Vaccine expected to take 12 to 18 months, other therapies likely available much sooner, scientists say
While a vaccine against the novel coronavirus is expected to take upward of a year to develop and test, other treatments for the deadly threat could be just a few months away, health experts say.
More than 410,000 people have been diagnosed with COVID-19 and over 18,000 have died. Several countries have gone into lockdown as the number of those infected by the highly contagious disease continues to rapidly rise.
Scientists around the world are racing to develop treatments and vaccines, which will have to undergo several rounds of testing and clinical trials before moving on to mass production.
“More than 20 vaccines are in development globally, and several therapeutics are in clinical trials,” a spokesperson for the World Health Organization told The Media Line. “No treatment and vaccine exist yet but researchers around the world [are working] hard for it.”
While a vaccine will likely take between 12 and 18 months to be proven safe and effective and be produced for mass use, other effective treatments could emerge much sooner.
Prof. Peter Jay Hotez, a prominent virologist and the dean of the Baylor College of Medicine’s National School of Tropical Medicine in Houston, Texas, told The Media Line that the earliest treatment that could work against COVID-19 would be a convalescent serum antibody therapy, in which the antibodies of a person who has recovered from the virus are injected into a sick patient.
In a study published in The Journal of Infectious Diseases in 2014, researchers demonstrated how convalescent blood plasma might be effective to significantly reduce mortality rates if administered to those who have contracted severe acute respiratory infections (SARIs) soon after their symptoms first appear.
According to Hotez, the next treatment to emerge after this will most likely be “repurposed existing antiviral drugs in a few weeks or months, then new chemical drugs within a year, and a vaccine in one to three years.”
Interestingly, Hotez and his team of scientists already developed a coronavirus vaccine years ago, following the 2002-2004 SARS outbreak, which spread out of China and ended up killing more than 770 people worldwide. However, when the vaccine reached the stage of human testing in 2016, he was unable to secure further funding and the trials were never concluded.
“At the time we manufactured it, people had lost interest in coronavirus epidemics and pandemics,” Hotez said, adding that researchers are now working to repurpose that vaccine for COVID-19.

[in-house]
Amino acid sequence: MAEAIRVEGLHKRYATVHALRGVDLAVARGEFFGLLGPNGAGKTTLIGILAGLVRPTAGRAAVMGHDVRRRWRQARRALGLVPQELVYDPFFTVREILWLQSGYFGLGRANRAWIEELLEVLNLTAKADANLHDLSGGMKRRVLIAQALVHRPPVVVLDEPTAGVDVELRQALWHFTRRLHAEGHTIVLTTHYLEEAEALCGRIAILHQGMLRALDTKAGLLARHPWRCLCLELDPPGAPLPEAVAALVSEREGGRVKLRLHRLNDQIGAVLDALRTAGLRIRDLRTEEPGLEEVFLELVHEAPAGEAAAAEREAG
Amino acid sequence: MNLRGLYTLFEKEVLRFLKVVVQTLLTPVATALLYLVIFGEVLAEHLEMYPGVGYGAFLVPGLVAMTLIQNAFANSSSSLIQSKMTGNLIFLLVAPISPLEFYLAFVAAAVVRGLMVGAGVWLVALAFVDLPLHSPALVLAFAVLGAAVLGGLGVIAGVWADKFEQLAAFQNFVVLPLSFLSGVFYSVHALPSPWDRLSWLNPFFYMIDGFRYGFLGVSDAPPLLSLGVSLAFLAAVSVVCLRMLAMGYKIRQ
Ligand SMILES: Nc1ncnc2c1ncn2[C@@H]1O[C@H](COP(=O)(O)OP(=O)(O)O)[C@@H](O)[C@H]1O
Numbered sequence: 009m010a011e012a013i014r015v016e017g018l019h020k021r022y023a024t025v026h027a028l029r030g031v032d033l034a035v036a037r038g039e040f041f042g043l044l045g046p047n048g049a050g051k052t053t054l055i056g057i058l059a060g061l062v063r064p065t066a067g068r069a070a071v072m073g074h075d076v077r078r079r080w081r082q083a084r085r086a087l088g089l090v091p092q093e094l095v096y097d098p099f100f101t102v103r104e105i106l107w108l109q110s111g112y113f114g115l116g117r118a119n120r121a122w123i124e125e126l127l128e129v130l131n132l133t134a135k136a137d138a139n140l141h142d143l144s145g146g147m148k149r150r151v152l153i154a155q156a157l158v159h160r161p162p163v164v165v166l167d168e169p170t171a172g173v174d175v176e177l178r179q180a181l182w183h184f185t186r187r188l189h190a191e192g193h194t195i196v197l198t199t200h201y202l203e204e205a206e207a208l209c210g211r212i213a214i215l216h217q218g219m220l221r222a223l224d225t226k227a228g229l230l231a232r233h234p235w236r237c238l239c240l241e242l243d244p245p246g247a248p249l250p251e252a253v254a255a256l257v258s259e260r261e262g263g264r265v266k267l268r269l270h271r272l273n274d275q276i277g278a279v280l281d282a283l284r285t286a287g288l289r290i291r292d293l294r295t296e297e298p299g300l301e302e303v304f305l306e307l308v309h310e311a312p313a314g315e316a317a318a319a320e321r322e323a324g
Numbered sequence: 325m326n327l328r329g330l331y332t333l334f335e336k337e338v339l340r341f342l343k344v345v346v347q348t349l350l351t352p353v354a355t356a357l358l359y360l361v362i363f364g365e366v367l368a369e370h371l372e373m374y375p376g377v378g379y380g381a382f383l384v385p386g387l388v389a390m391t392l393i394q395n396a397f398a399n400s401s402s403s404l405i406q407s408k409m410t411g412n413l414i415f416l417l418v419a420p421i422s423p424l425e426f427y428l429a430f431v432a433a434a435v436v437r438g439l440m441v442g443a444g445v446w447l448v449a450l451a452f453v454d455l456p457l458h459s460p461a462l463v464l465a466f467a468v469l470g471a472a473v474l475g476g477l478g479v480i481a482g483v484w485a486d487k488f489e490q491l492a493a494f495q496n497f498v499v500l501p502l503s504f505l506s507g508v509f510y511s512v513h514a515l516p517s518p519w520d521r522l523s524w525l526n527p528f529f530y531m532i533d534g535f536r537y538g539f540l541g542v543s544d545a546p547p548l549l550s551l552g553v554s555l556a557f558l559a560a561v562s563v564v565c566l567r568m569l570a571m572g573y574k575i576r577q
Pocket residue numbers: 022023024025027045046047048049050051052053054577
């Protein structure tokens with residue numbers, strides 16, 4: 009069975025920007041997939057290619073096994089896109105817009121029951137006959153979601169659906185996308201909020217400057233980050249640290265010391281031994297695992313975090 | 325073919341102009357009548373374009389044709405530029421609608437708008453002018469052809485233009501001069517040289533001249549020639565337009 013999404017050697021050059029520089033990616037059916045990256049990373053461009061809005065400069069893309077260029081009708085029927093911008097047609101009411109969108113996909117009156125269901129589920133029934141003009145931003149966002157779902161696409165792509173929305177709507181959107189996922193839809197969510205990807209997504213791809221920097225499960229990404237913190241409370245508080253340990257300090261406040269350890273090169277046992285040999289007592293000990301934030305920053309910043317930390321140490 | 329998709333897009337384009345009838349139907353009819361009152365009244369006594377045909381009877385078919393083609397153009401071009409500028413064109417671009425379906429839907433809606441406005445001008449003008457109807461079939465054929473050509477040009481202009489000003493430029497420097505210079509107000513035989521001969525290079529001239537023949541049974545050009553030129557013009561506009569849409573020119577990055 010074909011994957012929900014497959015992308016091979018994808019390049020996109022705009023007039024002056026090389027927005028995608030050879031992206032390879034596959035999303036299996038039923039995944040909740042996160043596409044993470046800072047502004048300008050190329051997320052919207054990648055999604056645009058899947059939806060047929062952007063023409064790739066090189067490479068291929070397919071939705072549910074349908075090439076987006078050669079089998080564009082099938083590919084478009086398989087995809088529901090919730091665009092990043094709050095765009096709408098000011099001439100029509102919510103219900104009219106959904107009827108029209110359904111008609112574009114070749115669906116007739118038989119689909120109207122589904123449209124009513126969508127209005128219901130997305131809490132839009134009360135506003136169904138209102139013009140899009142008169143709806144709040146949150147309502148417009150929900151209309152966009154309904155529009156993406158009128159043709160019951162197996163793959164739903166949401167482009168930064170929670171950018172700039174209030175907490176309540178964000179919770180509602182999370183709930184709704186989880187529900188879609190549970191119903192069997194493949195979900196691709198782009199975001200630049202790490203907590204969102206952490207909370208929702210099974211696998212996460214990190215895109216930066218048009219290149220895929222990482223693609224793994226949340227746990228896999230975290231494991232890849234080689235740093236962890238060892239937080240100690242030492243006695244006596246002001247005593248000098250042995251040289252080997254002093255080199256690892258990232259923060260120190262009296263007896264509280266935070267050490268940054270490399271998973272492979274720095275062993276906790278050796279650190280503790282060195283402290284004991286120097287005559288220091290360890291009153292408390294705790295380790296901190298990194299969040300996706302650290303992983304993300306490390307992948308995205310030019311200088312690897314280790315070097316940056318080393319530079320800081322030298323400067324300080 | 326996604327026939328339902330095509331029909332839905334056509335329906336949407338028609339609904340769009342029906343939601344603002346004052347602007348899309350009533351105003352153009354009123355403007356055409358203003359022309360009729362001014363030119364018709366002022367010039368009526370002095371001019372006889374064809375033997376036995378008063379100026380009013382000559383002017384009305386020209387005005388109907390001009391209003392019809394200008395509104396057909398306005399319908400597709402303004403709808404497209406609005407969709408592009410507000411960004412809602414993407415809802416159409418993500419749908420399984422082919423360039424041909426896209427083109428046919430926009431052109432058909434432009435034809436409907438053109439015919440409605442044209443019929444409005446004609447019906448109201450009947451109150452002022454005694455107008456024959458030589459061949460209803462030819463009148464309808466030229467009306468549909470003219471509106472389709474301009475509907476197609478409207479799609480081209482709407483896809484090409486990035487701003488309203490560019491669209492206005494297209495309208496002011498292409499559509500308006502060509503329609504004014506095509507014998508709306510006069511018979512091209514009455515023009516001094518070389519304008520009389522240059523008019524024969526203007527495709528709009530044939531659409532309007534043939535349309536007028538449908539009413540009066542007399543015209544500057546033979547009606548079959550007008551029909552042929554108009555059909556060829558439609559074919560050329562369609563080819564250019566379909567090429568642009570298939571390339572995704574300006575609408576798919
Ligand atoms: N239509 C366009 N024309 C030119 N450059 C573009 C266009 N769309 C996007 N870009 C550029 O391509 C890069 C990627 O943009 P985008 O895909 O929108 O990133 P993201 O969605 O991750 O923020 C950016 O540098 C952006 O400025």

Coronaviruses are a group of related viruses that cause diseases including some cases of the common cold, and not just SARS and COVID-19.
Dr. Rivka Abulafia-Lapid, a senior lecturer on virology at the Hebrew University of Jerusalem, agrees with Hotez that antiviral treatments will likely become available within six months and much sooner than a vaccine, barring any unforeseen developments.
“Israel already has 11 different drugs for trial [on COVID-19 patients] … so I would say that the first thing to come out will be a drug that will be commonly agreed upon by the world’s scientists and the FDA [the US Food and Drug Administration], followed by a vaccine,” Abulafia-Lapid told The Media Line. “In a couple of months, they will come out with a future treatment or maybe a cocktail of drugs.”
Abulafia-Lapid, who for 25 years headed a research team in Israel dedicated to developing a viable vaccine against HIV and other autoimmune diseases, said that any vaccine would have to undergo a lengthy testing period involving several phases of clinical trials.
Among the current drugs being looked at as anti-coronavirus candidates in the meantime, she points to California-based biotech company Gilead Sciences’s experimental antiviral drug remdesivir − originally tested on humans with the Ebola virus − as being a front-runner in terms of showing promise. Remdesivir is already being used in several coronavirus-linked clinical trials.
Israeli pharmaceutical giant Teva, meanwhile, announced last week that it would donate more than 6 million doses of hydroxychloroquine sulfate pills to hospitals across the United States for further research. The medicine, which is typically used to treat malaria, is being investigated as a candidate to counter COVID-19.
Regarding the possibility of a convalescent antibody serum treatment, which Hotez says could already be administered to seriously ill patients, Abulafia-Lapid indicated that while such a treatment could save lives, significant challenges remained with scaling-up this method for thousands of people.
Ultimately, however, she is “very optimistic” that the world is six months away from an effective treatment.
“In the future, we will have to come out every year with a new [COVID-19] vaccine because it mutates like influenza,” Abulafia-Lapid said, adding that because the virus is so new, the human immune system is currently defenseless against it. “You really need to teach the body [how to defend against it],” she said.